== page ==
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Earliest Porotic Hyperostosis on a 1.5-Million-year-old Hominin, olduvai gorge, Tanzania.

Domínguez-Rodrigo, M., Pickering, T. R., Diez-Martín, F., Mabulla, A., Musiba, C., Trancho, G., Baquedano, E., Bunn, H. T., Barboni, D., Santonja, M., Uribelarrea, D., Ashley, G. M., Martínez-Ávila, M. d. S., Barba, R., Gidna, A., Yravedra, J. and Arriaza, C. (2012) Earliest Porotic Hyperostosis on a 1.5-Million-year-old Hominin, olduvai gorge, Tanzania. PloS one, 7 (10). e46414. ISSN 1932-6203

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Meat-eating was an important factor affecting early hominin brain expansion, social organization and geographic movement. Stone tool butchery marks on ungulate fossils in several African archaeological assemblages demonstrate a significant level of carnivory by Pleistocene hominins, but the discovery at Olduvai Gorge of a child's pathological cranial fragments indicates that some hominins probably experienced scarcity of animal foods during various stages of their life histories. The child's parietal fragments, excavated from 1.5-million-year-old sediments, show porotic hyperostosis, a pathology associated with anemia. Nutritional deficiencies, including anemia, are most common at weaning, when children lose passive immunity received through their mothers' milk. Our results suggest, alternatively, that (1) the developmentally disruptive potential of weaning reached far beyond sedentary Holocene food-producing societies and into the early Pleistocene, or that (2) a hominin mother's meat-deficient diet negatively altered the nutritional content of her breast milk to the extent that her nursing child ultimately died from malnourishment. Either way, this discovery highlights that by at least 1.5 million years ago early human physiology was already adapted to a diet that included the regular consumption of meat.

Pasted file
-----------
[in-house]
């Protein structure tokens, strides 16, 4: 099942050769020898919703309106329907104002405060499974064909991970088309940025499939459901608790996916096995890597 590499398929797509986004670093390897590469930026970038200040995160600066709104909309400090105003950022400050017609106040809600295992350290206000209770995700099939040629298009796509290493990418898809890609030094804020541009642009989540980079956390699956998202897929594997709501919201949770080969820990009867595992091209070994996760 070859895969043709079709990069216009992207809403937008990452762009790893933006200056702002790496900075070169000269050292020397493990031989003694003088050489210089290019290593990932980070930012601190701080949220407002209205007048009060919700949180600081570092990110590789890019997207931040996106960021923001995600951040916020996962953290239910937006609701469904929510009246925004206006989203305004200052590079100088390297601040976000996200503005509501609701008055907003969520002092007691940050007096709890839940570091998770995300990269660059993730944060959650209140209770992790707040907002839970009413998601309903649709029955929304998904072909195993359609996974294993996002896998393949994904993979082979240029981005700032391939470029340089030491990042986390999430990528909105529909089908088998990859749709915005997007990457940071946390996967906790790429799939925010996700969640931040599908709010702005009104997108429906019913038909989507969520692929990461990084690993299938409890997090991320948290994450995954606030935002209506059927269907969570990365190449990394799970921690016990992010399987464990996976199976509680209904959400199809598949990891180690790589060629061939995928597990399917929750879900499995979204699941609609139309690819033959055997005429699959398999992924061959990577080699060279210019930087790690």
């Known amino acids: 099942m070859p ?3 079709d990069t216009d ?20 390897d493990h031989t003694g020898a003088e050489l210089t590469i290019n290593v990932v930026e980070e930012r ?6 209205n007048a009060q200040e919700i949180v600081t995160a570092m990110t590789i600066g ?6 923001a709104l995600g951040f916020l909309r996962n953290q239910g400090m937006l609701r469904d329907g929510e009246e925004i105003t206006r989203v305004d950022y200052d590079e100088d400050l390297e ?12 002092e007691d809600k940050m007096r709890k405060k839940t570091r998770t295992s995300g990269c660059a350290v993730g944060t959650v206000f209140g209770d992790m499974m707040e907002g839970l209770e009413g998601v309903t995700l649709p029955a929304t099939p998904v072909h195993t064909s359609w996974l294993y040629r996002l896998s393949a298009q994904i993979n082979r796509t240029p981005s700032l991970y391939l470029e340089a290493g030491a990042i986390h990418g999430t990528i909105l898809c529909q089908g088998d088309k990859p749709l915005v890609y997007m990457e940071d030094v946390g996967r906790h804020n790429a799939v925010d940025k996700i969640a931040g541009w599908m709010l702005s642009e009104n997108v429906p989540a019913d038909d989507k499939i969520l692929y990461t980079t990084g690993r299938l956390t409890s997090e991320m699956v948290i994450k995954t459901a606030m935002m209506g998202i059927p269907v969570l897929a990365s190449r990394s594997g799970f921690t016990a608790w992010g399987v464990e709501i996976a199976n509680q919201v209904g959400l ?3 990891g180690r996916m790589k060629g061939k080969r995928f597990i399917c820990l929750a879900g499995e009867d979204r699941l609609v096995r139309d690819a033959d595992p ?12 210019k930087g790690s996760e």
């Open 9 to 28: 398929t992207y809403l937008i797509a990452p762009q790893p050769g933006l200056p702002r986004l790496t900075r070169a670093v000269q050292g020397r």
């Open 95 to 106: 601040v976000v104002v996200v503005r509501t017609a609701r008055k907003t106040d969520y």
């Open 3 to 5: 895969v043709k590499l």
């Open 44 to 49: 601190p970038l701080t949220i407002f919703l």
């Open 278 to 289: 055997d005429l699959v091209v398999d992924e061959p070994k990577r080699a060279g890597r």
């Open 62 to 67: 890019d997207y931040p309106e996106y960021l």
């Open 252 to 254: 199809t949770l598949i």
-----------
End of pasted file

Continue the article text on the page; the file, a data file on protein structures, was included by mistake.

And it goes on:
Item Type: Article
Keywords: Porotic Hyperostosis, Hominin, Olduvai Gorge, Tanzania
Subjects: Health promotion & behaviour change
Divisions: Other
Depositing User: Mr Joseph Madata
Date Deposited: 19 Feb 2014 08:49
Last Modified: 19 Feb 2014 08:49

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